Based on two years’ first hand research into the refugee experience in the UK, Tim Cowbury’s The Claim takes a little while to get going – but when it does, it packs a massive punch. Intensely (and deliberately) frustrating, the play sets out to be provocative, and does so with such success I could actually feel my blood pressure rising in response.
But let’s back up slightly. The Claim is the story of Serge, who fled to the UK from Uganda a year ago, to escape being sent back to his home nation, the Democratic Republic of Congo. Something bad happened there when he was ten; we know this because he tries repeatedly to explain it to the two officials he meets when he decides to apply for asylum in the UK. Unfortunately, Serge finds himself facing a distinct lack of understanding on either a linguistic or emotional level, with both members of staff too caught up in their own petty dramas to pay attention. The interview culminates in a farcical three-way interrogation, in which all Serge’s responses are wildly misinterpreted to paint a picture so far from reality all he – and we – can do is gape in appalled disbelief.
Mark Maughan’s production stages the interview more like a court appearance, with Serge forced to sit centre stage under the glare of harsh strip lighting, and at which the audience’s presence is not only acknowledged but welcomed. While the circumstances are exaggerated, however, the way in which Cowbury’s script manipulates Serge’s words feels all too plausible, with all three actors perfectly nailing the complex timing of the dramatic and fast-paced exchange. There’s also a clever play on language; though we hear everything in English, a large part of the conversation is in reality taking place in French – and while this is initially a source of comedy, it soon becomes a dangerous and insurmountable barrier.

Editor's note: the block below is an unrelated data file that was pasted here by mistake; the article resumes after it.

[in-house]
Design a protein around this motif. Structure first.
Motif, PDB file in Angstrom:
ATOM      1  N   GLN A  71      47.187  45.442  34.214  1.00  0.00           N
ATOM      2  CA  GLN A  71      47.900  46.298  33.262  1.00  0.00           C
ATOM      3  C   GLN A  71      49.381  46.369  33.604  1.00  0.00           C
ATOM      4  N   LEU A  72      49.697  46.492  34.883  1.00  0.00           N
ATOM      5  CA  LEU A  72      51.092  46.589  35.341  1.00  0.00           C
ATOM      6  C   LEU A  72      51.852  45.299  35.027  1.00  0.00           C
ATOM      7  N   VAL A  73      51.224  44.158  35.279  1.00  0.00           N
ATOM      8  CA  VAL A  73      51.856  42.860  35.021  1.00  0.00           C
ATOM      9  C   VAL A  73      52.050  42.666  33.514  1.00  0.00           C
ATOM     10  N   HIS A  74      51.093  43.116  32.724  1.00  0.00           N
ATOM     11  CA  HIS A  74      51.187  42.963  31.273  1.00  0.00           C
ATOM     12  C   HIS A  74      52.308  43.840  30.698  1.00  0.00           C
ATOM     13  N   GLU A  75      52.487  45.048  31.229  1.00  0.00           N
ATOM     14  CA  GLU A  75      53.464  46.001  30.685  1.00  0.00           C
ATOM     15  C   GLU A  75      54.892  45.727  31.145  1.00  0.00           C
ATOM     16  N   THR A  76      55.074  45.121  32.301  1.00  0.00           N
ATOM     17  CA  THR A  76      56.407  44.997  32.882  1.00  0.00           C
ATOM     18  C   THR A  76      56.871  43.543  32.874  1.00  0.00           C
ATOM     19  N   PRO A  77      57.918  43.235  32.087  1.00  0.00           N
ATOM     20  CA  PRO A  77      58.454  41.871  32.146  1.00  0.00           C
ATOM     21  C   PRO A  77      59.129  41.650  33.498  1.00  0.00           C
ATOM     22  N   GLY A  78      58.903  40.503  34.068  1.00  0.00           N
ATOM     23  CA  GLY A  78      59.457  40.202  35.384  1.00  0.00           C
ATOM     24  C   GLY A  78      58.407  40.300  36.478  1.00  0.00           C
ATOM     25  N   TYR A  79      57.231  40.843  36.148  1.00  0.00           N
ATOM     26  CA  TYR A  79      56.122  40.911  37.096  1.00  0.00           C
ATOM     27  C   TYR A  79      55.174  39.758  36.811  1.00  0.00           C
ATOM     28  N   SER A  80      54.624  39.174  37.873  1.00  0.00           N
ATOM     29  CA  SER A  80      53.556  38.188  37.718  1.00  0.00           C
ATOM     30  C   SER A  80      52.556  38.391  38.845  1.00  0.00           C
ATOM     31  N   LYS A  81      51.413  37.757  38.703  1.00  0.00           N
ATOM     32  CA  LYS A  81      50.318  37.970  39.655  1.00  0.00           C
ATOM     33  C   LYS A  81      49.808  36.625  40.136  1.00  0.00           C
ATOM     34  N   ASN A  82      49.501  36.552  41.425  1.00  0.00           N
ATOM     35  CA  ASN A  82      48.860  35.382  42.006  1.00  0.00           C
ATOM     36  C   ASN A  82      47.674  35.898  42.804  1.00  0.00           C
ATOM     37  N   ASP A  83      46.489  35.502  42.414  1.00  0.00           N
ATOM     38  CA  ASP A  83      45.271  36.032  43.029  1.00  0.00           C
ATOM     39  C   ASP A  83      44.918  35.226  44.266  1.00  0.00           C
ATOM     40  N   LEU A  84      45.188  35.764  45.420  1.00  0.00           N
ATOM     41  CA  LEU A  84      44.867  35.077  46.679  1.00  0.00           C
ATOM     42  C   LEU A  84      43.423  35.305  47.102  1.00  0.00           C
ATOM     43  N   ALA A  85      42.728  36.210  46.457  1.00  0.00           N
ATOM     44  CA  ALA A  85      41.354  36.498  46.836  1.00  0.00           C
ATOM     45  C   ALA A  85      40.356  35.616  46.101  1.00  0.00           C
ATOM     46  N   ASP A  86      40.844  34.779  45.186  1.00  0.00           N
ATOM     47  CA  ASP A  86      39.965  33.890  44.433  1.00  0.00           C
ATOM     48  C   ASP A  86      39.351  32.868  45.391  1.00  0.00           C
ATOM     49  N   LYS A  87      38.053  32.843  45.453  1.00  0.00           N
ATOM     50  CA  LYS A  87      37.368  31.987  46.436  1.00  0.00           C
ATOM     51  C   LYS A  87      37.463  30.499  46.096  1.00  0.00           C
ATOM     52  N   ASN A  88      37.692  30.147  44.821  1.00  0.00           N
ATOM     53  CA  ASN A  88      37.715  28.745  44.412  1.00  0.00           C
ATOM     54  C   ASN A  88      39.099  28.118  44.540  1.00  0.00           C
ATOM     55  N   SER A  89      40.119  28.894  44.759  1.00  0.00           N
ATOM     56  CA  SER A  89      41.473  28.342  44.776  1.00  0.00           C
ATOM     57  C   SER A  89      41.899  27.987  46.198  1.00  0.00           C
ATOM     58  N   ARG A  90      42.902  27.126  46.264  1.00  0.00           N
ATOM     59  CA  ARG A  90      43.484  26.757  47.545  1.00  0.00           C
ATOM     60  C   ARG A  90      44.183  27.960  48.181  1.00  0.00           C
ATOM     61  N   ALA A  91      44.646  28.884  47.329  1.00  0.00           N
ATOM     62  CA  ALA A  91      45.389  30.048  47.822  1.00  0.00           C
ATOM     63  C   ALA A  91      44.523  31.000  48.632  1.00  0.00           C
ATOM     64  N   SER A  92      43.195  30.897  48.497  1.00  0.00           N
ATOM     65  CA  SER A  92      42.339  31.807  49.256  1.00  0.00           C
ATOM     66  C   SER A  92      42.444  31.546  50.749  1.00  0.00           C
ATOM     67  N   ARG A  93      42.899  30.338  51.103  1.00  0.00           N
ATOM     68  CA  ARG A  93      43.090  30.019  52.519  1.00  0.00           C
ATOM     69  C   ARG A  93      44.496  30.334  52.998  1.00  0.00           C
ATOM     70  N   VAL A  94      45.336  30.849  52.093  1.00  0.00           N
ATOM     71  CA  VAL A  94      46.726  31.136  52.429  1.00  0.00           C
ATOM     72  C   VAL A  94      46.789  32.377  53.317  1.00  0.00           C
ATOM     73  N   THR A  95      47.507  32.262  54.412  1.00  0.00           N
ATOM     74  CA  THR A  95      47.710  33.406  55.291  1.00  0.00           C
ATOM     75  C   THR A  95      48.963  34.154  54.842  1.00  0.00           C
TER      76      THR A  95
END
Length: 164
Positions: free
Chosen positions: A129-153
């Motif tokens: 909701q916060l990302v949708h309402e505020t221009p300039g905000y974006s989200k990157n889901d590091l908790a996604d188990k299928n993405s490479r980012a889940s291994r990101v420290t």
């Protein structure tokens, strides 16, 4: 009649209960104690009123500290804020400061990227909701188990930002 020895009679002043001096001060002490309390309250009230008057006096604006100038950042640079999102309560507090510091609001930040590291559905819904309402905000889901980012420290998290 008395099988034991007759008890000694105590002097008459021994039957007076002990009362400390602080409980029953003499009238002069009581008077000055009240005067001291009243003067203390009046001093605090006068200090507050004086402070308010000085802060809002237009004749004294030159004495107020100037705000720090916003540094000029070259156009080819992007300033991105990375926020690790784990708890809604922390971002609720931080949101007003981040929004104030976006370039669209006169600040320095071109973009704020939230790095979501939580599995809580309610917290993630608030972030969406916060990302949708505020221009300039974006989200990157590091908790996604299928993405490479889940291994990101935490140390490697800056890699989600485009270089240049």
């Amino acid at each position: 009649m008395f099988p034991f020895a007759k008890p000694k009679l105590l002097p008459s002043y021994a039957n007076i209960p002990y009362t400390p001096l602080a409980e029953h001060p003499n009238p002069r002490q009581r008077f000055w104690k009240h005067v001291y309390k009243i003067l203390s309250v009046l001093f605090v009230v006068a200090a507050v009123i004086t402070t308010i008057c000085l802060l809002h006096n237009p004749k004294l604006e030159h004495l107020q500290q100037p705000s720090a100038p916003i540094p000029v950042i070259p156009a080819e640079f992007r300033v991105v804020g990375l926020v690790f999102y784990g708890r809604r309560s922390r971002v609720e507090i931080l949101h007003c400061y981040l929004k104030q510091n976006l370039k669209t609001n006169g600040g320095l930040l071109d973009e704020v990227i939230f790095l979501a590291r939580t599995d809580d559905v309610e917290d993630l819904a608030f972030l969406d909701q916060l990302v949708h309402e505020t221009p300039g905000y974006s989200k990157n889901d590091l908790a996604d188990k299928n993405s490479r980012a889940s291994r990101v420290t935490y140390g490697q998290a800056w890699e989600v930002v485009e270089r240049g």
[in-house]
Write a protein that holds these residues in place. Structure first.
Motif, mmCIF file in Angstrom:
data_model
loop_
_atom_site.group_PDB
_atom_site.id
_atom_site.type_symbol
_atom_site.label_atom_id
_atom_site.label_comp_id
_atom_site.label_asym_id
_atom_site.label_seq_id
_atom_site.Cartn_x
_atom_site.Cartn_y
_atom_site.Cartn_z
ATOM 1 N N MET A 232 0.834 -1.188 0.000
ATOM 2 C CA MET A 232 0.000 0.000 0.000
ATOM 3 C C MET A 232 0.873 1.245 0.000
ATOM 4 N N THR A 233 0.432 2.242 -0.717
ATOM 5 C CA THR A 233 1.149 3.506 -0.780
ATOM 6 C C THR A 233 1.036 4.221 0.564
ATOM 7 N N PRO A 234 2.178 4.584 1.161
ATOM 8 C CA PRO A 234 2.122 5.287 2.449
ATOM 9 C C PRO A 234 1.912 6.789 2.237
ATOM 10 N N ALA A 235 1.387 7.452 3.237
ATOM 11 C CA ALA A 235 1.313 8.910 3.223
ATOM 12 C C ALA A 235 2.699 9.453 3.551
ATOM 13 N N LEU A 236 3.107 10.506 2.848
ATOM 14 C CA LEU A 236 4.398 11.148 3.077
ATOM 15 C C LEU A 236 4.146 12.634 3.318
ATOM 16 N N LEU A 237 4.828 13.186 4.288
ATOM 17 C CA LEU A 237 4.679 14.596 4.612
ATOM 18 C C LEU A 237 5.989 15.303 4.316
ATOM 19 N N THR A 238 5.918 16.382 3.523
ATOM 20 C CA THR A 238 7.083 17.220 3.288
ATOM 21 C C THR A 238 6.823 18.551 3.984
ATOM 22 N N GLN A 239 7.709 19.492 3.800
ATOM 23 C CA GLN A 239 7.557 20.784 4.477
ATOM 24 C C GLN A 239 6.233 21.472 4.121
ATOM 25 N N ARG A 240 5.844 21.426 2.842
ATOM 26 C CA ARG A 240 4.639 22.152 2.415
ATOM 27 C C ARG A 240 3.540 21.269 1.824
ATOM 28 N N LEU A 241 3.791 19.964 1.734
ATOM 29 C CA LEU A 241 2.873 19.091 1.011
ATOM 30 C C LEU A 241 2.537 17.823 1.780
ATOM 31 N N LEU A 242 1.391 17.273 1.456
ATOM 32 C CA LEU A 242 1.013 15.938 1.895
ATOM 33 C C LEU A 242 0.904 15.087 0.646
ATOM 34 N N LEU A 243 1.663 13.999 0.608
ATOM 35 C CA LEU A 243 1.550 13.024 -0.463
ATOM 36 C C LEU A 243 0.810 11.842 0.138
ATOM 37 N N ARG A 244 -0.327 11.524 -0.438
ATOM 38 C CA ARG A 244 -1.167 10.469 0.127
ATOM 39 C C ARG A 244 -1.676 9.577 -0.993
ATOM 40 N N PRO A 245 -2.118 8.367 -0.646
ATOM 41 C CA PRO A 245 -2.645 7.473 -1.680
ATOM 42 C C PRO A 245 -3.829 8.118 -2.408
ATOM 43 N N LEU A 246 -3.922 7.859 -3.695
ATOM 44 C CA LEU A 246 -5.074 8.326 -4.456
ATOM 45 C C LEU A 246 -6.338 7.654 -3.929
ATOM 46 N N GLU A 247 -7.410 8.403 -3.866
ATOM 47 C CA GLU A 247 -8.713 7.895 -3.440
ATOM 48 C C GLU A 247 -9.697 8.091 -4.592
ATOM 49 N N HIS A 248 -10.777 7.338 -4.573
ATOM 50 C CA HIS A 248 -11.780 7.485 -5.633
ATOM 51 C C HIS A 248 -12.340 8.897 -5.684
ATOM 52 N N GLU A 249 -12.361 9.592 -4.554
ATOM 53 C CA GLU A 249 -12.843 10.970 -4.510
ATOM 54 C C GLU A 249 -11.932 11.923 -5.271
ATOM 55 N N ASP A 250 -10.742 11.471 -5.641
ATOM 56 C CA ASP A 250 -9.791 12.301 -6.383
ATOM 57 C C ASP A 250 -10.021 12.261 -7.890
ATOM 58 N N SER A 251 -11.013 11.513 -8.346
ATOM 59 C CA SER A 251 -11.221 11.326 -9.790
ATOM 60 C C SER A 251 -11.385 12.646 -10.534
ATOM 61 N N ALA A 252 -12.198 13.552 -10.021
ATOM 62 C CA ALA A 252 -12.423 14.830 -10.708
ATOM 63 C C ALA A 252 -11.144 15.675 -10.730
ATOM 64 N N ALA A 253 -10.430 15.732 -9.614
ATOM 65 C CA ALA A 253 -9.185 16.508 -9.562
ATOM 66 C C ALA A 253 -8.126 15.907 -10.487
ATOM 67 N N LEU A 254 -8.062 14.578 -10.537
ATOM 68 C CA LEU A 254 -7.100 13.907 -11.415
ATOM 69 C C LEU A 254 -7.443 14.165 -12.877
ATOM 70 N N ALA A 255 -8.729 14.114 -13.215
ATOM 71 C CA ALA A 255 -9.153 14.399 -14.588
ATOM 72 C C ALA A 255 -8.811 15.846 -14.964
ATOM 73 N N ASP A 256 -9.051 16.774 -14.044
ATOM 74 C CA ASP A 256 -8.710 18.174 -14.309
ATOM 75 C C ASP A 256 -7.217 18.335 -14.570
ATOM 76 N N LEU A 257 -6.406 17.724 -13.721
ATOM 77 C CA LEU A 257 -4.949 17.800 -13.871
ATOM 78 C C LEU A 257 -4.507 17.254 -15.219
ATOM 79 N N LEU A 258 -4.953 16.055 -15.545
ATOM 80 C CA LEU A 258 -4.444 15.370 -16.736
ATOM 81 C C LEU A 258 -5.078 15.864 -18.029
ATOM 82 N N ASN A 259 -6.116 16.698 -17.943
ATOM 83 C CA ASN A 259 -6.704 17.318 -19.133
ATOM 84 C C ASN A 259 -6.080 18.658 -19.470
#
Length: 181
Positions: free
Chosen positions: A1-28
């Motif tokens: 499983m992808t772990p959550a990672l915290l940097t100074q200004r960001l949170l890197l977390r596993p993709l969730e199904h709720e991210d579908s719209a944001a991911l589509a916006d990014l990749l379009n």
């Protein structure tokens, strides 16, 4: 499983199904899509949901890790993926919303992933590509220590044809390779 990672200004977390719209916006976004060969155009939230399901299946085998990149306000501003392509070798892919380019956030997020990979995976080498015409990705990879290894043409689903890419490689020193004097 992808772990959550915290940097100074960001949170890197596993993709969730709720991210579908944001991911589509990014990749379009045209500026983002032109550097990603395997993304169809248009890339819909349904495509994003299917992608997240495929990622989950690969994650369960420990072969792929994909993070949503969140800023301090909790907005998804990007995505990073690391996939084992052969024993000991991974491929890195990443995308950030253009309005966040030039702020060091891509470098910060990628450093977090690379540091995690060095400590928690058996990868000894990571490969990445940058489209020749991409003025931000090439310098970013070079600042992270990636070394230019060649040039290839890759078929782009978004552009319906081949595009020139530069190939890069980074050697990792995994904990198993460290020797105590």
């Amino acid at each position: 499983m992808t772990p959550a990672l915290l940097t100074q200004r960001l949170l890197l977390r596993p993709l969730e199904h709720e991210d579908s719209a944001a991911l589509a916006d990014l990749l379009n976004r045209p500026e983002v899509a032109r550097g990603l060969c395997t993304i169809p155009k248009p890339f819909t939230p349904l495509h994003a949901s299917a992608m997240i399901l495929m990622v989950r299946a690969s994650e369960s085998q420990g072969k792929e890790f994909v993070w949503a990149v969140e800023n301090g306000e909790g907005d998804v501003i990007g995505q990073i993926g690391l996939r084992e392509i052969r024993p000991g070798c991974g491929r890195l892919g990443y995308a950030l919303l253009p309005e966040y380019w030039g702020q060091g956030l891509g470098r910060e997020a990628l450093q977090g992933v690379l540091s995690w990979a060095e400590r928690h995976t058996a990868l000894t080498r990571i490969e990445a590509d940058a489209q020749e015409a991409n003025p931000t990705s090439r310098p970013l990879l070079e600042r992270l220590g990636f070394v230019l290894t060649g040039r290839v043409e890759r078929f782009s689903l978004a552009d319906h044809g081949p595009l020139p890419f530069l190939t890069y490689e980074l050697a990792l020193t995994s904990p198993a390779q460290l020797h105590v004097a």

What it all comes down to, ultimately, is that Serge – who has a job, a home and a life in the UK – doesn’t fit the one-dimensional image the two officials expect from a refugee. Played by Ncuti Gatwa, he’s charming, likeable and generally pretty relaxed, eventually cracking not out of desperation over his plight but out of simple fury at not being listened to. Consequently, Yusra Warsama’s cold, disinterested B assumes he must have something to hide, but ironically it’s Nick Blakeley’s A, who repeatedly insists he wants to help, that ends up doing the most damage.
The Claim is not what I’d call an enjoyable play, but that doesn’t mean it’s not a very good play, or that I didn’t respond quite powerfully to it. The inclusion of the audience in the story is no accident, and prevents us from smugly sitting back full of righteous anger at the two nameless officials. We’re complicit in this particular encounter, and it forces us to wonder how we ourselves might react in A and B’s shoes. There are no easy answers – but maybe simply listening is a good place to start.
Can’t see the map on iPhone? Try turning your phone to landscape and that should sort it. I don’t know why but I’m working on it… 😉